Recently, I had someone say to me, of my grandfather, “At least you know he’s rotting in hell.”
It took me aback for a minute. I was a little startled, actually. I’ll be honest, it is not something I ever, ever think about. Hell in general, or my abuser’s residence there. I am a Christian, but hell is not really on my radar. When people talk about karma I tend to have the same reaction- usually because when most people reference it, it sounds an awful lot like revenge. Like they’re expecting someone to count up the tally marks on the wall and make it fair, eventually.
I don’t think it works that way.
I was reading Accidental Saints by Nadia Bolz-Weber, recently. One of the approximately 82 times I stopped, marked a page and made my Favorite listen to me read something aloud was when I came across this:
“Because in the end, we aren’t punished for our sins as much as we are punished by our sins.”
I think that’s what I think. I think the only thing worse than being harmed is being an agent of harm. What a way to move through the world. My grandfather, someone who should have been a shining example of unconditional love in my life, was a black hole instead. Not only did he not illuminate, he took light away. He was a force of darkness.
What could possibly be worse than that?
I believe in God. I believe in a God who redeems everything. I didn’t always. I remember talking to my pastor during the worst of my divorce, and he quoted Romans 8:28 to me,
“And we know that in all things
God works for the good of those who love him,
who have been called according to his purpose.”
I tell you what- I was not buying what he was selling. My pain felt pointless. Pain for pain’s sake.
What’s funny is that he quoted that passage to me on the heels of telling me that my marriage was not redeemable. It didn’t occur to me at that time, but later I wondered at the juxtaposition of those two seemingly incompatible concepts.
I get it now.
My marriage could not be saved, could not be fixed- it was not redeemable, but my divorce was. My divorce was the catalyst that set me on the path to where I am today. If I was still married, I wouldn’t be writing. Bank on it. The situation was redeemed because it shattered me so completely that I started being honest and speaking my truths because I simply did not know what else to do.
So what of my abuse? And my abuser? For most of my life, the idea of that particular trauma having some redemptive value was an anathema to me. Offensive, even. My pain was too all-consuming, too raw for me to accept that as the truth. Some bad things are just bad, right?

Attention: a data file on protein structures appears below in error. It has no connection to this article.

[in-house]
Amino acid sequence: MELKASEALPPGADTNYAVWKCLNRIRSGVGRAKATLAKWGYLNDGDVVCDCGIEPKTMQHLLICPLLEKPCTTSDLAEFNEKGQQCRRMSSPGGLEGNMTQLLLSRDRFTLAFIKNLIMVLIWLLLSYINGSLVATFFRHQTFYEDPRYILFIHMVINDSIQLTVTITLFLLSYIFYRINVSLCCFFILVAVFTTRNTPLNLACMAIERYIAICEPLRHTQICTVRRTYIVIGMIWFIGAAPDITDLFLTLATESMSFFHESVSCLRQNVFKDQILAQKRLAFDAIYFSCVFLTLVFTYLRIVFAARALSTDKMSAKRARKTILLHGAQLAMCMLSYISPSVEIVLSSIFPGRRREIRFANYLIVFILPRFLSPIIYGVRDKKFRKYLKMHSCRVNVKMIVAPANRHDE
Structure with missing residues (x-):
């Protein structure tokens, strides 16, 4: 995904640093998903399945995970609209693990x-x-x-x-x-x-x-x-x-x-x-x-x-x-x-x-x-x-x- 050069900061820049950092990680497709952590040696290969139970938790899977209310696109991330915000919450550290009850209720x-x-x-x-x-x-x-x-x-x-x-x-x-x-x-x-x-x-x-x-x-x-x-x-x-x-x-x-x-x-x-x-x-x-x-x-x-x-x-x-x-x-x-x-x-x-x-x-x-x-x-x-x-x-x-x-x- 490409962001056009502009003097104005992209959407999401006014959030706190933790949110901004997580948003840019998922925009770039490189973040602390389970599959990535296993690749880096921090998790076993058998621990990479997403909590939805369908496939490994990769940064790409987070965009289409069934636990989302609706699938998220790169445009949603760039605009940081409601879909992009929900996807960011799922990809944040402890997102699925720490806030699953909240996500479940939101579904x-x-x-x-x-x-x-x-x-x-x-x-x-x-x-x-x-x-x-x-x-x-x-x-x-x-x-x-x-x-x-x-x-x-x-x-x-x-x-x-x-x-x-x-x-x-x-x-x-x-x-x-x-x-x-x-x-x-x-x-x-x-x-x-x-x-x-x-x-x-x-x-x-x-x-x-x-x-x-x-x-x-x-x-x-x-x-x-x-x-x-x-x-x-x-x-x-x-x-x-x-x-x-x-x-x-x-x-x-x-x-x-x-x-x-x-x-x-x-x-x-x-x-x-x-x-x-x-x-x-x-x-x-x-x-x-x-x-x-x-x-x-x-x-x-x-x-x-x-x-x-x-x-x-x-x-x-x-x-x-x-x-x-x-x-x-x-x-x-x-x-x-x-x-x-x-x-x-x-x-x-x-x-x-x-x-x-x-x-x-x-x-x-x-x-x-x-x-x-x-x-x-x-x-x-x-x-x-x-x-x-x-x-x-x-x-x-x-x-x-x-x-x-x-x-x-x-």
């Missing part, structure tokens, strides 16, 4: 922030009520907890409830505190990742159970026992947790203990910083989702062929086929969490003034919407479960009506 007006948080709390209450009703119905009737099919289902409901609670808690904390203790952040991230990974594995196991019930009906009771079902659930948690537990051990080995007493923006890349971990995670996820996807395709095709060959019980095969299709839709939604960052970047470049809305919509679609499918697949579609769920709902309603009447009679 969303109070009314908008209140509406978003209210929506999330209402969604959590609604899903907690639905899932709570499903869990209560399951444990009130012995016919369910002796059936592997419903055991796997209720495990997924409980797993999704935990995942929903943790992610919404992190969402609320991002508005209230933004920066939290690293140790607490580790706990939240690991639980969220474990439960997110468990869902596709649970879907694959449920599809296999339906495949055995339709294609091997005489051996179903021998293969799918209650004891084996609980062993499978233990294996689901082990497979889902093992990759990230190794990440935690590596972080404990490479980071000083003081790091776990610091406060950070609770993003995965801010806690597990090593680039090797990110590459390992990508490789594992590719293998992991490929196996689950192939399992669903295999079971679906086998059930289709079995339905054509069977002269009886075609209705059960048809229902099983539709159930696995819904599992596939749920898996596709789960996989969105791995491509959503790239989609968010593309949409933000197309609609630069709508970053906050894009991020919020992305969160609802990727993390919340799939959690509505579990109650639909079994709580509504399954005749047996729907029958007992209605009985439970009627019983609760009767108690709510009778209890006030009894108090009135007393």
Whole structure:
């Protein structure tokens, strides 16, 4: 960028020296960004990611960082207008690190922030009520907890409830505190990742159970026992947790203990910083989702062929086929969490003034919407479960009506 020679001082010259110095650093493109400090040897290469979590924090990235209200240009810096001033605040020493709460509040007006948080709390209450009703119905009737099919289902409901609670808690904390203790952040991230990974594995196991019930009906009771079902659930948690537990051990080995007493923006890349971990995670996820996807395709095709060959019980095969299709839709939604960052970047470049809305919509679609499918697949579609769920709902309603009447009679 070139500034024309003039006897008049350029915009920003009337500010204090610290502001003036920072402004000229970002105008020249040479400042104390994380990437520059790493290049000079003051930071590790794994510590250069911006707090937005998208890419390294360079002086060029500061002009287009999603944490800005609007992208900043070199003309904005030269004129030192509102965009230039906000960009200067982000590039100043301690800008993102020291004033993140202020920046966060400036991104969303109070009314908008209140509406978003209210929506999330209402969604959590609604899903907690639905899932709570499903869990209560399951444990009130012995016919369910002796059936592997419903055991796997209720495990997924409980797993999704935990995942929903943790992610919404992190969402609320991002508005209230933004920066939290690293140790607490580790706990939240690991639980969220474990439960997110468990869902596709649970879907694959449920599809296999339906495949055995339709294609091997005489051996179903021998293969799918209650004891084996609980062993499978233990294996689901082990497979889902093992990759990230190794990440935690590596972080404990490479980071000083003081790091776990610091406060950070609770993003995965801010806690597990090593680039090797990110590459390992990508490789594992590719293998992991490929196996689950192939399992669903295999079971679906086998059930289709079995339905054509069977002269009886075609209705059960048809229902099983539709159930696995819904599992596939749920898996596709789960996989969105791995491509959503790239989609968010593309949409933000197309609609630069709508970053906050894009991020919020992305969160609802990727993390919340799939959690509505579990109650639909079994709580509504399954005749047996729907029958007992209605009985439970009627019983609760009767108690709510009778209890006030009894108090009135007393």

What if that’s not true?
I would not wish what happened to me on anyone. I will work the rest of my life trying to prevent it from happening to others. That’s the redemption. I wouldn’t be able to do what I do if I didn’t know that trauma from the inside. The boneyard of my childhood provides the very materials I am using to build a ladder to help others climb out of the shame and the destruction. You know how you’ll be in a museum and you see a Robert Rauschenberg combine- all these found objects, this JUNK coexisting in the same real estate as priceless objects? The materials are worthless- it is what you DO with them that makes them treasure, that assigns value, that redeems.
Maybe that’s why I don’t need my grandfather to rot in hell. I believe he and I were given the same building blocks, the same materials. I believe someone stole his light, as he stole mine. I am certain beyond certain he was in pain. Hurt people hurt people. Rather than give his pain a job, he gave it teeth and claws. He weaponized his anguish.
How awful. How completely tragic. Hell, right here on earth.
I had a long conversation with my friend Matt the other day. He is a survivor of abuse as well, and he is hilariously funny and wise. We talked a lot about forgiveness, and what that can look like, and how it’s more complicated with some people than it is with others. He has a book coming out in March called Finding God in the Ruins: How God Redeems Pain. I cannot wait to read it, especially given that who he is and the way he lives his life is as clear a testament to the truth of that idea as anyone I’ve ever met.
Redemption needs finagling, not because we are inclined to make sure it is happening even when it isn’t but because we have misunderstood it. We have believed that redemption is possible only minus a death. We’re okay that Jesus had to die for his redemptive story, but personally we’re not looking to get into all that. There is no redemption in death, we think. But we are wrong.
I don’t pretend to know how redemption works or to fully understand the ins and outs of God’s grace- but I wonder if He hasn’t found a way to redeem my abuser’s pain, too. I wonder if with each survivor stepping into the light, who finds this safe place to share their stories, the vise-like grip that darkness had on my grandfather’s soul is loosened a bit.
I hope so. I honestly do.
The Like button isn’t working for me, but I did like this! x